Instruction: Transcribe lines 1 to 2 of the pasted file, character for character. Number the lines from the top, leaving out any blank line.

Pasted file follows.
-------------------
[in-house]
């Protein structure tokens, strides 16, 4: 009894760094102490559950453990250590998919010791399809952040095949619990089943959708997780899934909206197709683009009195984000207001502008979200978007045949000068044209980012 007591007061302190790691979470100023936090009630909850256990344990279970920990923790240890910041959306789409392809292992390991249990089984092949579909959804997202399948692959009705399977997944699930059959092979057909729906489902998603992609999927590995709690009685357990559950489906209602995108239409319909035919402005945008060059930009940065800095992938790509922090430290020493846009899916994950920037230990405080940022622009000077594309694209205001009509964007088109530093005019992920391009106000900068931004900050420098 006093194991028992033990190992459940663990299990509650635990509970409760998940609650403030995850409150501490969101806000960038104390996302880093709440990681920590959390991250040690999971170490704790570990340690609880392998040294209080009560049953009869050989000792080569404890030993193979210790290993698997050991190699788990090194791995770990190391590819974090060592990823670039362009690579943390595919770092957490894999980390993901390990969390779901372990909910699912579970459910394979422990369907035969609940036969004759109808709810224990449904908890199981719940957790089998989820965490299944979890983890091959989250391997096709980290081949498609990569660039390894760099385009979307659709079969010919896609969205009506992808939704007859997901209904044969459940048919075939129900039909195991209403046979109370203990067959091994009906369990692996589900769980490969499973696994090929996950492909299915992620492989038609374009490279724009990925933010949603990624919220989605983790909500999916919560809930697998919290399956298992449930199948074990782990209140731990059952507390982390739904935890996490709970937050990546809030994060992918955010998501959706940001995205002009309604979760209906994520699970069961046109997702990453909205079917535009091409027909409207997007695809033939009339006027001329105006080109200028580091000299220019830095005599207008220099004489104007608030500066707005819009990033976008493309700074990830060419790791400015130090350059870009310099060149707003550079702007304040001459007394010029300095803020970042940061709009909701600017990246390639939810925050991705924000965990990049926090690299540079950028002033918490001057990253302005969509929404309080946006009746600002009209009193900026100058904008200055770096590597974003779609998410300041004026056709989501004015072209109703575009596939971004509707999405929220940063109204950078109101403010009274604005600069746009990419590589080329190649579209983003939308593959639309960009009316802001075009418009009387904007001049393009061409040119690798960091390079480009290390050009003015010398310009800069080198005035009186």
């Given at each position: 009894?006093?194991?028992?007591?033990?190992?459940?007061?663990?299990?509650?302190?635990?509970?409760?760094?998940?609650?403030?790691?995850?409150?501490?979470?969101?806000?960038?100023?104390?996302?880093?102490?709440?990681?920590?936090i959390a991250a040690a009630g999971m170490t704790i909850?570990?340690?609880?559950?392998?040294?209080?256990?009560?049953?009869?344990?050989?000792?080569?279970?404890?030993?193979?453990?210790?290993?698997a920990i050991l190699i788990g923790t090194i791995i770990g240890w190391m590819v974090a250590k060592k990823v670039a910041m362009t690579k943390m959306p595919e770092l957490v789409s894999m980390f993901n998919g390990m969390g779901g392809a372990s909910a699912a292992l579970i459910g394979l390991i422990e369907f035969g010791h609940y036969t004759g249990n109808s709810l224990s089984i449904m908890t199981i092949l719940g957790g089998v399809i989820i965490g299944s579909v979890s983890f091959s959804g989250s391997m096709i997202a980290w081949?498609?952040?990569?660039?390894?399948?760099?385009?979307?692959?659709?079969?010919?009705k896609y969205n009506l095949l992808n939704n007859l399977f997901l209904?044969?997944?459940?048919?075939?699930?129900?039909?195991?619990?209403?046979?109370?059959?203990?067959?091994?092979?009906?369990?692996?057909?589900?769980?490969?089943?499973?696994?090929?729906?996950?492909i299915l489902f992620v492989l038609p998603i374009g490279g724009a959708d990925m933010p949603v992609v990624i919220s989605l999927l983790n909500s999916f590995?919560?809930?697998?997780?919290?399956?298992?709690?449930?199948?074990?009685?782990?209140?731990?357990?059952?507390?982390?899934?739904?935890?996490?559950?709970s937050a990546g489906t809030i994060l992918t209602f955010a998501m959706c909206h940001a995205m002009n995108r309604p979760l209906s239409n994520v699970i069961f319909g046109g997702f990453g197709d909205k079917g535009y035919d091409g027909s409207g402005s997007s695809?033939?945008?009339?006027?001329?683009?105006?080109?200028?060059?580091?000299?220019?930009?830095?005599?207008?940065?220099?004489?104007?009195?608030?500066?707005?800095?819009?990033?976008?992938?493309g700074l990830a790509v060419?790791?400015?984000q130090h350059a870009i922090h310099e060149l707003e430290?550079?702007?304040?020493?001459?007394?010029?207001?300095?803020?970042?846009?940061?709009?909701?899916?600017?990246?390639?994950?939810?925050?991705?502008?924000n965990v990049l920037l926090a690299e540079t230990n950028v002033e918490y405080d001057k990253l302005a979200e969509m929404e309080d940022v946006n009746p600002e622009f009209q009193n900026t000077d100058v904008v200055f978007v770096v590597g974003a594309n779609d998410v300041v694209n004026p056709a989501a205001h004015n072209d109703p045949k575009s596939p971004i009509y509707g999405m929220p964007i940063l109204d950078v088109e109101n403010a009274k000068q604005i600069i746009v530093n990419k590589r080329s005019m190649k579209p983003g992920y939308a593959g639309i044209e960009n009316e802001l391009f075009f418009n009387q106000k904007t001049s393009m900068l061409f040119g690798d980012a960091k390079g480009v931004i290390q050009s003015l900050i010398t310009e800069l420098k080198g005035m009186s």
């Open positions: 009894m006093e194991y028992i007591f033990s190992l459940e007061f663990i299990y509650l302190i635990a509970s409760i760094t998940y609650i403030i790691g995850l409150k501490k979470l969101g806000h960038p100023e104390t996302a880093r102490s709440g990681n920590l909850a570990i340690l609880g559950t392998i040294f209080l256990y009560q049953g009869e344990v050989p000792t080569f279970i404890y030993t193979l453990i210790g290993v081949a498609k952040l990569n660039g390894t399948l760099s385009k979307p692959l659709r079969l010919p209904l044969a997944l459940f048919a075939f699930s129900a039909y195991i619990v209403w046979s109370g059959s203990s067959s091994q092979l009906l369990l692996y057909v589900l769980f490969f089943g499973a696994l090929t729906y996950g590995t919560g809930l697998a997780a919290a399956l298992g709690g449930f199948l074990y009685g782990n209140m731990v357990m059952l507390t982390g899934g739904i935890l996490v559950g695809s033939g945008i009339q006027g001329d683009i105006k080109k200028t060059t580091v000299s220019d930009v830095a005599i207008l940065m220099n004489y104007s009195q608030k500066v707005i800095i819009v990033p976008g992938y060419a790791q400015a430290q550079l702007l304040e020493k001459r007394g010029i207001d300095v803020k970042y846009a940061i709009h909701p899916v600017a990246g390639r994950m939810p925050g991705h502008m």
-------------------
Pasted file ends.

[in-house]
């Protein structure tokens, strides 16, 4: 009894760094102490559950453990250590998919010791399809952040095949619990089943959708997780899934909206197709683009009195984000207001502008979200978007045949000068044209980012 007591007061302190790691979470100023936090009630909850256990344990279970920990923790240890910041959306789409392809292992390991249990089984092949579909959804997202399948692959009705399977997944699930059959092979057909729906489902998603992609999927590995709690009685357990559950489906209602995108239409319909035919402005945008060059930009940065800095992938790509922090430290020493846009899916994950920037230990405080940022622009000077594309694209205001009509964007088109530093005019992920391009106000900068931004900050420098 006093194991028992033990190992459940663990299990509650635990509970409760998940609650403030995850409150501490969101806000960038104390996302880093709440990681920590959390991250040690999971170490704790570990340690609880392998040294209080009560049953009869050989000792080569404890030993193979210790290993698997050991190699788990090194791995770990190391590819974090060592990823670039362009690579943390595919770092957490894999980390993901390990969390779901372990909910699912579970459910394979422990369907035969609940036969004759109808709810224990449904908890199981719940957790089998989820965490299944979890983890091959989250391997096709980290081949498609990569660039390894760099385009979307659709079969010919896609969205009506992808939704007859997901209904044969459940048919075939129900039909195991209403046979109370203990067959091994009906369990692996589900769980490969499973696994090929996950492909299915992620492989038609374009490279724009990925933010949603990624919220989605983790909500999916919560809930697998919290399956298992449930199948074990782990209140731990059952507390982390739904935890996490709970937050990546809030994060992918955010998501959706940001995205002009309604979760209906994520699970069961046109997702990453909205079917535009091409027909409207997007695809033939009339006027001329105006080109200028580091000299220019830095005599207008220099004489104007608030500066707005819009990033976008493309700074990830060419790791400015130090350059870009310099060149707003550079702007304040001459007394010029300095803020970042940061709009909701600017990246390639939810925050991705924000965990990049926090690299540079950028002033918490001057990253302005969509929404309080946006009746600002009209009193900026100058904008200055770096590597974003779609998410300041004026056709989501004015072209109703575009596939971004509707999405929220940063109204950078109101403010009274604005600069746009990419590589080329190649579209983003939308593959639309960009009316802001075009418009009387904007001049393009061409040119690798960091390079480009290390050009003015010398310009800069080198005035009186």